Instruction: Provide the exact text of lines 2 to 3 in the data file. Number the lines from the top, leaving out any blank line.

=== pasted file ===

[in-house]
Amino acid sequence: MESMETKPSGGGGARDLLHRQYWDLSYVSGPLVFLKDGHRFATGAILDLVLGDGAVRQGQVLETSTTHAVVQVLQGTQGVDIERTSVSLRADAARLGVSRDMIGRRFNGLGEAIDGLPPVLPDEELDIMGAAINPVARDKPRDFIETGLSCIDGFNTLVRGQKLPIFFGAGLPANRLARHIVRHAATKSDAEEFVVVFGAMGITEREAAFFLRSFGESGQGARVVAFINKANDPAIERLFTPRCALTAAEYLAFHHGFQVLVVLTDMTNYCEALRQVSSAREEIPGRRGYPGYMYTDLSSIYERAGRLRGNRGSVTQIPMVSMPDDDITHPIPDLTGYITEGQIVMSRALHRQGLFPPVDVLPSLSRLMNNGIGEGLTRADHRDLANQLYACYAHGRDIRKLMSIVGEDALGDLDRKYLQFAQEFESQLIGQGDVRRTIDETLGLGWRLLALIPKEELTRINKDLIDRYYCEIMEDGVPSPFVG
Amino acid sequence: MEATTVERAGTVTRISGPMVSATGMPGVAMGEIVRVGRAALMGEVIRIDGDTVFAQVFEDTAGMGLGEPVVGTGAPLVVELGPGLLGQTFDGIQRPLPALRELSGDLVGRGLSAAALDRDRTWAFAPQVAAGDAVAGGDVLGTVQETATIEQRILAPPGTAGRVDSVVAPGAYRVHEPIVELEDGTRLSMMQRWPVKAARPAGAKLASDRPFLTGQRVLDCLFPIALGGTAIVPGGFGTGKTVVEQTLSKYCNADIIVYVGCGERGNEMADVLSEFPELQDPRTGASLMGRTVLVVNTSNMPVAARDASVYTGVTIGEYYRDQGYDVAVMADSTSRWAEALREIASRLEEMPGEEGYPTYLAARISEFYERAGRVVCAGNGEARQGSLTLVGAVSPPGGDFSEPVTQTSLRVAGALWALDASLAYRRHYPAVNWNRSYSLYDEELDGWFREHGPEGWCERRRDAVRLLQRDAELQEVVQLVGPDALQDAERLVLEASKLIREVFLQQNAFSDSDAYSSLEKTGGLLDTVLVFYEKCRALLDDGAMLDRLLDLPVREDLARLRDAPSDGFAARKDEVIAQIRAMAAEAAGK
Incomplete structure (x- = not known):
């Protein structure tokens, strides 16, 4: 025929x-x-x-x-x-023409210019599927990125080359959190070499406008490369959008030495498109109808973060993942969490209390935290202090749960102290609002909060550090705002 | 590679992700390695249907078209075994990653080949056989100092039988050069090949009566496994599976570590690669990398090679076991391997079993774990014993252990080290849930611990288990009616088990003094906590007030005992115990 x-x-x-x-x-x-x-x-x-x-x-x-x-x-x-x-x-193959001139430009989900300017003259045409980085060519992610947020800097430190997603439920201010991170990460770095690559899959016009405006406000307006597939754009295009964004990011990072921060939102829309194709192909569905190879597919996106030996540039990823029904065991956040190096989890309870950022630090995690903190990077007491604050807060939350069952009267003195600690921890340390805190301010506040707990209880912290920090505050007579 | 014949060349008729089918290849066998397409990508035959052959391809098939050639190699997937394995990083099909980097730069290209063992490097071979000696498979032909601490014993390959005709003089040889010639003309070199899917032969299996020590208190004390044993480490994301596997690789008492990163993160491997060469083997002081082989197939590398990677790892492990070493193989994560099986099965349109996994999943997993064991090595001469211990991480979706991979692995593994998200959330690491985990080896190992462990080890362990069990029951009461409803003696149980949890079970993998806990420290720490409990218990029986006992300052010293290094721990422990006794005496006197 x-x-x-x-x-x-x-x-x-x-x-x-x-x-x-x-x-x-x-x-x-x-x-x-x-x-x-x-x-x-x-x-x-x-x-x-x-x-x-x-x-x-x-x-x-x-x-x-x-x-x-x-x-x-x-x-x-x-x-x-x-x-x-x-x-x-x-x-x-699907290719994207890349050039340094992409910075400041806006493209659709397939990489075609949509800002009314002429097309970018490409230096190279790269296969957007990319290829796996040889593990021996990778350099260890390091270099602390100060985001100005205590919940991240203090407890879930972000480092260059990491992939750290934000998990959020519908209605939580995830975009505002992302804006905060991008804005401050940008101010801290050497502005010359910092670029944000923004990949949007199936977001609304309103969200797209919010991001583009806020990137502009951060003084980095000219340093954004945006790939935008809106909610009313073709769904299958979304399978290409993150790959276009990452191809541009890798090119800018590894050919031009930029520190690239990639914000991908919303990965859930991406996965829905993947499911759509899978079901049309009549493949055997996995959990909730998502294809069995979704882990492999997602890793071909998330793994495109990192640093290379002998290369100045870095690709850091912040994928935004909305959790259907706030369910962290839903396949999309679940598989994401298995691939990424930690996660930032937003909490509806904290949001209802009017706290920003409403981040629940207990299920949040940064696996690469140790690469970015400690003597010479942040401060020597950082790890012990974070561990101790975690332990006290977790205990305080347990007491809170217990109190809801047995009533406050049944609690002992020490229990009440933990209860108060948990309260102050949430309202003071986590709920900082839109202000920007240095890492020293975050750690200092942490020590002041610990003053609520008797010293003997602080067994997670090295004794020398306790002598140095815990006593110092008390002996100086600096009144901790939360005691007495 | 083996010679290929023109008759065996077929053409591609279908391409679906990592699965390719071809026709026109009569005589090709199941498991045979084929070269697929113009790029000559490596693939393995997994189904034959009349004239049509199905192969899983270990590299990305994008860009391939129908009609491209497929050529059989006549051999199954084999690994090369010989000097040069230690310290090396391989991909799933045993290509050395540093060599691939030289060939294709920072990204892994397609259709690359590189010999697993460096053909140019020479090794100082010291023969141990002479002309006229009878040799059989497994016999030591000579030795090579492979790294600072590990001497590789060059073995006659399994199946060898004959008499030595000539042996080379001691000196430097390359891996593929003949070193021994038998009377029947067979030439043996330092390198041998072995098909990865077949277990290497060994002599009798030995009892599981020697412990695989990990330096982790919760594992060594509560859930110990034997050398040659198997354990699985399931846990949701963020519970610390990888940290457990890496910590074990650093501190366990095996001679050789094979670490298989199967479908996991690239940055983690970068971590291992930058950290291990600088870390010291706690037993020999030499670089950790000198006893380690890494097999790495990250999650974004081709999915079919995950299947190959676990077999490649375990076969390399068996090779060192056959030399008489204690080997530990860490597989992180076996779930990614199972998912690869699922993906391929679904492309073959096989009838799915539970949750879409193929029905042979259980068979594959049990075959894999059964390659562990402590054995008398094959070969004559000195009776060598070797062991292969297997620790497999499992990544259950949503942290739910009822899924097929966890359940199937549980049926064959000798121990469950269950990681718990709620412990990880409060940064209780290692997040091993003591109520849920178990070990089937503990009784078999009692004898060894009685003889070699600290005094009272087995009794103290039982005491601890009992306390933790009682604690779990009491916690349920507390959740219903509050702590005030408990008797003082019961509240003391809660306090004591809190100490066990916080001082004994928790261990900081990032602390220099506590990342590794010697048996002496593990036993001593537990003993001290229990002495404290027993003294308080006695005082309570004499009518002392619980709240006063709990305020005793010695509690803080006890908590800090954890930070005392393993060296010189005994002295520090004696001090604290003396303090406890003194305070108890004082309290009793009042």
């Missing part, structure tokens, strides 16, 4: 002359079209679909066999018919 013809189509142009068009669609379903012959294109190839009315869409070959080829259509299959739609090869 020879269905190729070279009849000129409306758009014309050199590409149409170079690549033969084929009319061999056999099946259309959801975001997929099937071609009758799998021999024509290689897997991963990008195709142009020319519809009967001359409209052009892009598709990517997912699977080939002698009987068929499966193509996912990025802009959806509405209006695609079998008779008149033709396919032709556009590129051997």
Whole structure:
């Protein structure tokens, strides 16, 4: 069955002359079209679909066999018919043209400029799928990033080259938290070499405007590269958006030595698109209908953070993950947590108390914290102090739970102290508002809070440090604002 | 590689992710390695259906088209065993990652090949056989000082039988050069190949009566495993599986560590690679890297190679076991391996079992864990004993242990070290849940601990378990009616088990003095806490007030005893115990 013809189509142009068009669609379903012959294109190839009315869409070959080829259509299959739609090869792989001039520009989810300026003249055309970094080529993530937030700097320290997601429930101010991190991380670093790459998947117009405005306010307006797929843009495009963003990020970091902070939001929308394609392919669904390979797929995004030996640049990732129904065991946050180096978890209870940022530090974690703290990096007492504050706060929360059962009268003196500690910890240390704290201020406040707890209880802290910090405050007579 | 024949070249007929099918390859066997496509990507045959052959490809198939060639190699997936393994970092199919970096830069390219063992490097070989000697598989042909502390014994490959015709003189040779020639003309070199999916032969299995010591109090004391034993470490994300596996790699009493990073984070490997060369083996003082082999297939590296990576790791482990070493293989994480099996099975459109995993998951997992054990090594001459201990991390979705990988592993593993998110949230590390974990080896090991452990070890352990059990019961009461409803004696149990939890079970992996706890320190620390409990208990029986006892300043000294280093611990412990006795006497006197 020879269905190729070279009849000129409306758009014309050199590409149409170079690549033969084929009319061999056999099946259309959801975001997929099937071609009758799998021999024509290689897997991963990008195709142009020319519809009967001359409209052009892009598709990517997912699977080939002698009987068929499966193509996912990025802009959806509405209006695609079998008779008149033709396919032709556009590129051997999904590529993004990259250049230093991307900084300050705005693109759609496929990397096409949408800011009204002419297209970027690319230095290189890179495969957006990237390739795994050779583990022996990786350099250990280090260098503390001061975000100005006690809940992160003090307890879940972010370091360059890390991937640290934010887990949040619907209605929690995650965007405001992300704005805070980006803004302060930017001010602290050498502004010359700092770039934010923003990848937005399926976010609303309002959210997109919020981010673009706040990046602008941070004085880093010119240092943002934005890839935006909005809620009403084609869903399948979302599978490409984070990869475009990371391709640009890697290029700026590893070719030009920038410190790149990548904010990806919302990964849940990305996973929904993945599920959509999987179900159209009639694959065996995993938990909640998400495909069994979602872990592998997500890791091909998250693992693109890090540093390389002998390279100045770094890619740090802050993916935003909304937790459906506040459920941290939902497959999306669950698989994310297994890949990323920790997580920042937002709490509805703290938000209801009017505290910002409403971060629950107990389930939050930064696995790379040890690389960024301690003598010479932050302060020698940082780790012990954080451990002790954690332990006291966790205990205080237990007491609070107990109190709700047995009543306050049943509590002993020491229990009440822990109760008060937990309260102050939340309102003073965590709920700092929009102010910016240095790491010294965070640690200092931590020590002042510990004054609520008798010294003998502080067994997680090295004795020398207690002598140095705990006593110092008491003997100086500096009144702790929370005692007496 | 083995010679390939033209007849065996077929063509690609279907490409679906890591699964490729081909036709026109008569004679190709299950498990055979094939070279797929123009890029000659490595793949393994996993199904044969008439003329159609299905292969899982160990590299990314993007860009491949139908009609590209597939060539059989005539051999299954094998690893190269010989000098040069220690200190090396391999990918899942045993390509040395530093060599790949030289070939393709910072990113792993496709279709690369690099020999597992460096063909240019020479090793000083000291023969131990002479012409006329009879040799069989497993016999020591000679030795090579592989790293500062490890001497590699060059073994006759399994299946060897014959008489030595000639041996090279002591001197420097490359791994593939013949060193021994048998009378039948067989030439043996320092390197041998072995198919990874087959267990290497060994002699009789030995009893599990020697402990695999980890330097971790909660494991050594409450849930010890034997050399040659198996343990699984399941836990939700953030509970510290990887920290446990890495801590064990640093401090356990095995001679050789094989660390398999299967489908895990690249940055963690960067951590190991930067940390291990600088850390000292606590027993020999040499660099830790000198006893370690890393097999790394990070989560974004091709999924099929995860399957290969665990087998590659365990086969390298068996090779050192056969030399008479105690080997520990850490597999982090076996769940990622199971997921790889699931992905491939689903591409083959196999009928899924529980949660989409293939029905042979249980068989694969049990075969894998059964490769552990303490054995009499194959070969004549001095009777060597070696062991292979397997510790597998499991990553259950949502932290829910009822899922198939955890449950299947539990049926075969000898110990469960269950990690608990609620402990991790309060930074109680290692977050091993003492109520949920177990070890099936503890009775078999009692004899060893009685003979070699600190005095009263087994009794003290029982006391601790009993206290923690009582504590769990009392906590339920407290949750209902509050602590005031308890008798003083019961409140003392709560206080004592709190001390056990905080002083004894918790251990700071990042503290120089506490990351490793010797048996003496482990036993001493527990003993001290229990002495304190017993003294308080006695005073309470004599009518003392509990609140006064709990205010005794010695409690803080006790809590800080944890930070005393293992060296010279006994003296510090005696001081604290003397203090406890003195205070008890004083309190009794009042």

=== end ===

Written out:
Amino acid sequence: MESMETKPSGGGGARDLLHRQYWDLSYVSGPLVFLKDGHRFATGAILDLVLGDGAVRQGQVLETSTTHAVVQVLQGTQGVDIERTSVSLRADAARLGVSRDMIGRRFNGLGEAIDGLPPVLPDEELDIMGAAINPVARDKPRDFIETGLSCIDGFNTLVRGQKLPIFFGAGLPANRLARHIVRHAATKSDAEEFVVVFGAMGITEREAAFFLRSFGESGQGARVVAFINKANDPAIERLFTPRCALTAAEYLAFHHGFQVLVVLTDMTNYCEALRQVSSAREEIPGRRGYPGYMYTDLSSIYERAGRLRGNRGSVTQIPMVSMPDDDITHPIPDLTGYITEGQIVMSRALHRQGLFPPVDVLPSLSRLMNNGIGEGLTRADHRDLANQLYACYAHGRDIRKLMSIVGEDALGDLDRKYLQFAQEFESQLIGQGDVRRTIDETLGLGWRLLALIPKEELTRINKDLIDRYYCEIMEDGVPSPFVG
Amino acid sequence: MEATTVERAGTVTRISGPMVSATGMPGVAMGEIVRVGRAALMGEVIRIDGDTVFAQVFEDTAGMGLGEPVVGTGAPLVVELGPGLLGQTFDGIQRPLPALRELSGDLVGRGLSAAALDRDRTWAFAPQVAAGDAVAGGDVLGTVQETATIEQRILAPPGTAGRVDSVVAPGAYRVHEPIVELEDGTRLSMMQRWPVKAARPAGAKLASDRPFLTGQRVLDCLFPIALGGTAIVPGGFGTGKTVVEQTLSKYCNADIIVYVGCGERGNEMADVLSEFPELQDPRTGASLMGRTVLVVNTSNMPVAARDASVYTGVTIGEYYRDQGYDVAVMADSTSRWAEALREIASRLEEMPGEEGYPTYLAARISEFYERAGRVVCAGNGEARQGSLTLVGAVSPPGGDFSEPVTQTSLRVAGALWALDASLAYRRHYPAVNWNRSYSLYDEELDGWFREHGPEGWCERRRDAVRLLQRDAELQEVVQLVGPDALQDAERLVLEASKLIREVFLQQNAFSDSDAYSSLEKTGGLLDTVLVFYEKCRALLDDGAMLDRLLDLPVREDLARLRDAPSDGFAARKDEVIAQIRAMAAEAAGK